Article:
CRS: Genocide & Action
View Additional Course Information:
Including faculty, schedule, credits, CRN and location.
Division: University-wide Programs
Department: Global Studies
Course Number: UGLB 3730
Course Format: Seminar
Location: NYC campus
Permission Required: No
- Global Studies
- Interdisciplinary Social Sciences
- Social Justice
In the wake of World War II, the term ‘genocide’ was coined to describe the Nazi extermination of European Jews. World leaders vowed such violence would happen “never again,” however genocide continues to occur at an alarming rate with inaction proving the norm. As a result, genocide prevention has proven to be one of the most daunting political challenges of modern times. Building on the Rwanda summer 2013 experience abroad, this required supplementary course for all participants provides the opportunity to explore the puzzle of inaction by studying genocide from a comparative perspective. The course begins by considering the concept of genocide from a theoretical perspective and draws on political theory and sociology to understand reasons for political inaction in the midst of unfolding mass atrocity. The second part of the course focuses on empirical cases of 20th century genocides in Namibia, Cambodia, Rwanda, the former Yugoslavia and Darfur. Students will explore the dimensions of genocide, including the roles and relationships of perpetrators and victims, the potential and limits of justice, restitution and forgiveness, the political and ethical uses of remembering and forgetting, and questions of intervention and prevention. Readings will include an array of theoretical texts, historical accounts, memoir, interviews, biography, and news clippings among others. Films and guest speakers from international organizations working on genocide prevention campaigns supplement the course. In addition to seminar meetings, students will work collaboratively to design an original intervention aimed at raising awareness regarding a historical or current instance of genocide. The exact format of this intervention will be decided by the group but may include an advocacy campaign, anti-genocide curriculum for high school or university students, or public event commemorating International Human Rights Day.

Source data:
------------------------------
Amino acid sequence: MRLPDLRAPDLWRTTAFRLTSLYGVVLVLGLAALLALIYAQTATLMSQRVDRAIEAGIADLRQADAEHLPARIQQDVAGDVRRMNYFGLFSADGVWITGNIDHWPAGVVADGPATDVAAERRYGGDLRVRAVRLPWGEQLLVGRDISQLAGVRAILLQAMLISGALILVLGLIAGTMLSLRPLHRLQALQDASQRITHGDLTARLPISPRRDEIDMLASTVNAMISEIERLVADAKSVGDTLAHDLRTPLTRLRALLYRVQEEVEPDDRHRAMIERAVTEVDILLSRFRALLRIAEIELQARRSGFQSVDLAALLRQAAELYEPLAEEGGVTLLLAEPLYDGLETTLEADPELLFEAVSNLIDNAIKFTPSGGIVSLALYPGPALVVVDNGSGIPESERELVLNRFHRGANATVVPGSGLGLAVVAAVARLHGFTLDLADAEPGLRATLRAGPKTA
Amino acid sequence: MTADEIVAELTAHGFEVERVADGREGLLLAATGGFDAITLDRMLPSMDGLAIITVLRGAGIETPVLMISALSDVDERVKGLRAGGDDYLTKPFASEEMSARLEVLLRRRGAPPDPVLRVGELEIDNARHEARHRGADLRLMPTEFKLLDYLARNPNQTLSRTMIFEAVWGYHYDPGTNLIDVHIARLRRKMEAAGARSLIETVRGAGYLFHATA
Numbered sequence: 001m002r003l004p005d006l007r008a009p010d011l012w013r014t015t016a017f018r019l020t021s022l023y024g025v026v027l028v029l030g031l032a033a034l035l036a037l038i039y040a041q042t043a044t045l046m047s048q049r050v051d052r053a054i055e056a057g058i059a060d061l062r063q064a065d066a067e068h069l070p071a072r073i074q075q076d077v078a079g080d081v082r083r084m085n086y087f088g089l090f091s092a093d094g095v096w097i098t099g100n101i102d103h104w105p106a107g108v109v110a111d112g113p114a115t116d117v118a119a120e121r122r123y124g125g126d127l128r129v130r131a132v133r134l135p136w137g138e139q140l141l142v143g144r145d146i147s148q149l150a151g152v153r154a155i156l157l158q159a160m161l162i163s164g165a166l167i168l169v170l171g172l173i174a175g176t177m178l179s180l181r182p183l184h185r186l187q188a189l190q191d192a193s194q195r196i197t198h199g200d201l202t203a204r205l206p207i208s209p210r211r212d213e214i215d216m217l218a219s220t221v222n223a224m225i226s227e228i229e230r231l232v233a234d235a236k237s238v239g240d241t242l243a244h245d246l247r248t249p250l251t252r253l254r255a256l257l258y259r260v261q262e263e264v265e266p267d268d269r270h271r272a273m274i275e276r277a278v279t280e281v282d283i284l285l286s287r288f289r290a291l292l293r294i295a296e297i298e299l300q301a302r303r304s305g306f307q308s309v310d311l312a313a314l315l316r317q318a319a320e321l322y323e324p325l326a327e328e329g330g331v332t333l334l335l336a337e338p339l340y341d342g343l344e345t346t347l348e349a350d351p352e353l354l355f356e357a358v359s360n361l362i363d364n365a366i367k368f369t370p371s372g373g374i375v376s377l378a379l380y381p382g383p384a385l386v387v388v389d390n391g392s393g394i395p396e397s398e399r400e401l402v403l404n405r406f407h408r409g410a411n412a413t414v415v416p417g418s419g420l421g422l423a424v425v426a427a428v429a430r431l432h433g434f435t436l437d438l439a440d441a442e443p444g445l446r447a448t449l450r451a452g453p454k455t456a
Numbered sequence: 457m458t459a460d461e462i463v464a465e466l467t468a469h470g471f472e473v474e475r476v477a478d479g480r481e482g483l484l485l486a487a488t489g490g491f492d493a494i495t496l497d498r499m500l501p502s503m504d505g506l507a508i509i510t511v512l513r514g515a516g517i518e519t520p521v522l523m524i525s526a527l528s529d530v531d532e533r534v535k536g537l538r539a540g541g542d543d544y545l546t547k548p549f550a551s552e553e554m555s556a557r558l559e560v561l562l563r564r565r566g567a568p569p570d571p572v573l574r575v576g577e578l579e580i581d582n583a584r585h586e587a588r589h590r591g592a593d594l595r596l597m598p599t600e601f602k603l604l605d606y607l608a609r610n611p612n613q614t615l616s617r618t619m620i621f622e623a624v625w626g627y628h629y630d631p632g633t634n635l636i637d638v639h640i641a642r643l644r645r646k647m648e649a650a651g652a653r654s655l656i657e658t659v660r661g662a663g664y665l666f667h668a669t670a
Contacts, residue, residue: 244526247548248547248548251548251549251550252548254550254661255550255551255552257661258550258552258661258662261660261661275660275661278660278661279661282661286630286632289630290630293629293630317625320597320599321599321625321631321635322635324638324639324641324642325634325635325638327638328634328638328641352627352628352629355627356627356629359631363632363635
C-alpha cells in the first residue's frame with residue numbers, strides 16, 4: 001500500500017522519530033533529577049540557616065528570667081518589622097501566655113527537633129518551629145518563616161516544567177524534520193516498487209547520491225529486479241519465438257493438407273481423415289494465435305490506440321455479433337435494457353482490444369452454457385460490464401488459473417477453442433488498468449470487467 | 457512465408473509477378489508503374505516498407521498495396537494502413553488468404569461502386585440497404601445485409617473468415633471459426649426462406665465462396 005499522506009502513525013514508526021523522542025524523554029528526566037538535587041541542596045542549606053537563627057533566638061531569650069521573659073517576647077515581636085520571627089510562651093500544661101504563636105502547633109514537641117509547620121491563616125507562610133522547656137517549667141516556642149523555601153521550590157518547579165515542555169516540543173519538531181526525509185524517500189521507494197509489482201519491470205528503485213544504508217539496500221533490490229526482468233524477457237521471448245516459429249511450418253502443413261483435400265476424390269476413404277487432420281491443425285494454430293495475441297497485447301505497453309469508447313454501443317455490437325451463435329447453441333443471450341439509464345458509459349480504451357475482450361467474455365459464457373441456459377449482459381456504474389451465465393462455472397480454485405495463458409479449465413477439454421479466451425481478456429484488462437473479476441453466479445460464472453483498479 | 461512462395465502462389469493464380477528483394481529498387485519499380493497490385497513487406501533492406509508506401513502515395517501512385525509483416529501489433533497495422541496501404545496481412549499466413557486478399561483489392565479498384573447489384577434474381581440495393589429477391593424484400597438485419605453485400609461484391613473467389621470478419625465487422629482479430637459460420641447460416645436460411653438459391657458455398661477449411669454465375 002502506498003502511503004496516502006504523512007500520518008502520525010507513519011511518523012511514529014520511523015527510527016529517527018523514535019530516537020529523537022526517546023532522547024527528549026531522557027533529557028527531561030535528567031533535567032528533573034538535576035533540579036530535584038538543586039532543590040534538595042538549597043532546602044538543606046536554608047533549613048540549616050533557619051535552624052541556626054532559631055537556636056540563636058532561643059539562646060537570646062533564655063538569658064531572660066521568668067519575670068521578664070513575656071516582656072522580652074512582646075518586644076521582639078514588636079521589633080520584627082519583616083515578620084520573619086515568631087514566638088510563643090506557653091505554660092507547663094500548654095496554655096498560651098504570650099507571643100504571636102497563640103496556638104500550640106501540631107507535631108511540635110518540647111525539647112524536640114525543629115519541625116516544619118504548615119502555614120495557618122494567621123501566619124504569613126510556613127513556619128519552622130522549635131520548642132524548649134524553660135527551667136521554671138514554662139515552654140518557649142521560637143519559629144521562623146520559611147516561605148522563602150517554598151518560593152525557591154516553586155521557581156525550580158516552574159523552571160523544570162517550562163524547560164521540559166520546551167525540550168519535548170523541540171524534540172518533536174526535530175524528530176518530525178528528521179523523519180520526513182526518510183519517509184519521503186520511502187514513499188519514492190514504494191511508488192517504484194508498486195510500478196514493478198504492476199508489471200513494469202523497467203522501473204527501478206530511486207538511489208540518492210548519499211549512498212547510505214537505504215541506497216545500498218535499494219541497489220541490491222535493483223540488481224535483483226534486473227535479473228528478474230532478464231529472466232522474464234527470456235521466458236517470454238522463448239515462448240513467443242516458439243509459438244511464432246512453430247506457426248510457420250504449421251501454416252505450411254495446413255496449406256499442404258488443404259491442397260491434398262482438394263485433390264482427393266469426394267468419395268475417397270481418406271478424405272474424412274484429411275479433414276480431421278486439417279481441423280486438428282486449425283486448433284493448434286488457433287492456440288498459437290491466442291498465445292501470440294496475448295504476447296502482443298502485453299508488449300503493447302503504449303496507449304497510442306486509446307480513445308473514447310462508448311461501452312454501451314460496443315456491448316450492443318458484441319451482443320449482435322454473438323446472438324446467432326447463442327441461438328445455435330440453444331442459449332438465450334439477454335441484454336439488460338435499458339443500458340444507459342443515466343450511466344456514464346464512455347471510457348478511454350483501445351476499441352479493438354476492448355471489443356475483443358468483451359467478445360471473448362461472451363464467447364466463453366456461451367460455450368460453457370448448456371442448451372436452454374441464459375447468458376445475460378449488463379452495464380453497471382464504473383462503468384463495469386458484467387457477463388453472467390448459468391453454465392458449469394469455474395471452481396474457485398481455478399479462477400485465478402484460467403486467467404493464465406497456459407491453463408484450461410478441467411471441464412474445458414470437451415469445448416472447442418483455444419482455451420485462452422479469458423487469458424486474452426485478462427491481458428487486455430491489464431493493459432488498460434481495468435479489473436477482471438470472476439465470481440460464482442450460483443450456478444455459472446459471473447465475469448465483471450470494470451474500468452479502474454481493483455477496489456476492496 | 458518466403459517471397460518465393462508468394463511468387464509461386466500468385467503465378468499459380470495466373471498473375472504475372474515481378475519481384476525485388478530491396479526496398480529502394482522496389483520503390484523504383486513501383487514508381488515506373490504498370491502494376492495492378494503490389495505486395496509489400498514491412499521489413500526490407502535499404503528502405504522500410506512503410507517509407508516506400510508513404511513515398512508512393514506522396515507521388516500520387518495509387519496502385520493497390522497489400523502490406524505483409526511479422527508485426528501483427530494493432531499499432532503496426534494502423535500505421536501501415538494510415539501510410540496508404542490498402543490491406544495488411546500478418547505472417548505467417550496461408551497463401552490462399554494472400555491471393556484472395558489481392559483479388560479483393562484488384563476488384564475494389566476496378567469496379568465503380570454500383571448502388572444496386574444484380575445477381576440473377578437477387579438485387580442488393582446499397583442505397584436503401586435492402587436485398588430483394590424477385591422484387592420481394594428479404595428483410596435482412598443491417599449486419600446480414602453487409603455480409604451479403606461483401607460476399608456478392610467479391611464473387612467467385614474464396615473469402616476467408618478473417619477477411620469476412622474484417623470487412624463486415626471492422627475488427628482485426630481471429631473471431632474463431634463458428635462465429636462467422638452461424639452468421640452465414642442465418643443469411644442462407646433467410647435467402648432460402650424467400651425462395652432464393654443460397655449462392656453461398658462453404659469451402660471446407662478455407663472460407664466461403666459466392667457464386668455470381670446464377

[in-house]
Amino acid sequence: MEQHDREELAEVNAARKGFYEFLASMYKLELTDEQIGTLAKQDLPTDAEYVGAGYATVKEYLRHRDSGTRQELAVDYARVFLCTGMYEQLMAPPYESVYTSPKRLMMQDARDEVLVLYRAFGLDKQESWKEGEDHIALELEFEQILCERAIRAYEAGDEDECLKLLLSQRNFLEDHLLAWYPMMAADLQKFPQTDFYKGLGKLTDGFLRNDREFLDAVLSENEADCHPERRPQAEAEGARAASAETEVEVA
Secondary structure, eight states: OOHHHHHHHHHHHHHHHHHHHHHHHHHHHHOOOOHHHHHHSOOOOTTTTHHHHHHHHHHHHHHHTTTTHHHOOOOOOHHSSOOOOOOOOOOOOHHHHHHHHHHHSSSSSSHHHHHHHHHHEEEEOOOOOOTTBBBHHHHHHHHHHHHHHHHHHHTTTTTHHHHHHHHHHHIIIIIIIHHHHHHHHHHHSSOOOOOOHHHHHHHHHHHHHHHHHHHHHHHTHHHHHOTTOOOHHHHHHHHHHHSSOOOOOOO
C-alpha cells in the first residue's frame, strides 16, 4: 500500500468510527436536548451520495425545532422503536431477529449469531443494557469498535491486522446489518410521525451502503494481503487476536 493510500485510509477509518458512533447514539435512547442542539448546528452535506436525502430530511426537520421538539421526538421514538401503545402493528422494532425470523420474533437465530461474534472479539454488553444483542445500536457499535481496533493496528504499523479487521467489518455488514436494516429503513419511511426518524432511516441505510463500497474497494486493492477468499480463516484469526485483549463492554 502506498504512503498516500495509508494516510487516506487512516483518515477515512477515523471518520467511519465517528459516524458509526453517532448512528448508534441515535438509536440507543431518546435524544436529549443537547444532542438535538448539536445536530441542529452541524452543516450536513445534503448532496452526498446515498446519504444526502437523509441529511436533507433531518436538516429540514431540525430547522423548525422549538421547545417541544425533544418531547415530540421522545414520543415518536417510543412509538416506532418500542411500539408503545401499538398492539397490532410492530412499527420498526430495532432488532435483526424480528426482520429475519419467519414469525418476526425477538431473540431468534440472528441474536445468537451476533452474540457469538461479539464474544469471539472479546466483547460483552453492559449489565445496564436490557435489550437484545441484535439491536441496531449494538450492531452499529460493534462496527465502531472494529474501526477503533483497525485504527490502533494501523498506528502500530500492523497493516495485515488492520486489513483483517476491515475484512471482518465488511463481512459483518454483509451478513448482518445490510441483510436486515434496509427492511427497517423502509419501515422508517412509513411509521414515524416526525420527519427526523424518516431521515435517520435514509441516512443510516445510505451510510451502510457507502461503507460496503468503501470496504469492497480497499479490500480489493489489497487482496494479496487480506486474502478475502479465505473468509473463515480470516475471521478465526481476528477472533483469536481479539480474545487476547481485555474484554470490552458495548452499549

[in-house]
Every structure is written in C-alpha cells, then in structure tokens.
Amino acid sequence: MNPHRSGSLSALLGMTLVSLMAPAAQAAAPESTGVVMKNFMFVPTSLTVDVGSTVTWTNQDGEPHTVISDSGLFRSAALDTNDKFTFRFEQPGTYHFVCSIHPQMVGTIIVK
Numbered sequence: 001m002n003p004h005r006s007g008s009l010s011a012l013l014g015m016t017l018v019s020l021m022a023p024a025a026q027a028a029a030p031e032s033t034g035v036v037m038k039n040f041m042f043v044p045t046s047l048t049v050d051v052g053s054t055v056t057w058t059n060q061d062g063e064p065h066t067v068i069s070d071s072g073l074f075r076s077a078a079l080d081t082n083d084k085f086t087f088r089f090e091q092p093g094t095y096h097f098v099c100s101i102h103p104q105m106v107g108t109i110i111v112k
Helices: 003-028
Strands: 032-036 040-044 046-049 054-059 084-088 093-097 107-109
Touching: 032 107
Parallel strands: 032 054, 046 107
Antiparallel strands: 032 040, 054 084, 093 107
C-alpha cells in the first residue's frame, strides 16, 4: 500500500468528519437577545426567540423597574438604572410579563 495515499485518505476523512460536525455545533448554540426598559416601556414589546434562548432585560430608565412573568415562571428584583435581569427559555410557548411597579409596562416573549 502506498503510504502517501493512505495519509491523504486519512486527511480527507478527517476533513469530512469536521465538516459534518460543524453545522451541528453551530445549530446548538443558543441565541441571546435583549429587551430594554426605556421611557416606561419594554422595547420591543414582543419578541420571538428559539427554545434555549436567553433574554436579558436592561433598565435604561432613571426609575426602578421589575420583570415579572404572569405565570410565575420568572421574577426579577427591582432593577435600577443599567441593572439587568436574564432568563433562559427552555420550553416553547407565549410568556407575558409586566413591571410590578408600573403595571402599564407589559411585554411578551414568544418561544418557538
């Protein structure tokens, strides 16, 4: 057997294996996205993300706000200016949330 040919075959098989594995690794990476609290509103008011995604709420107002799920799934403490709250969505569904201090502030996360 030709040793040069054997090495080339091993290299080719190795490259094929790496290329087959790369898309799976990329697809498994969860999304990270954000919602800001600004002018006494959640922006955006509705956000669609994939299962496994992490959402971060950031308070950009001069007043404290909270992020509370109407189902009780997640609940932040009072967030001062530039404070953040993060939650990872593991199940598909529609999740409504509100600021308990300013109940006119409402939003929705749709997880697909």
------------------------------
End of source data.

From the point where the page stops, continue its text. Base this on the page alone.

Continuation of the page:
Open to Undergraduate students.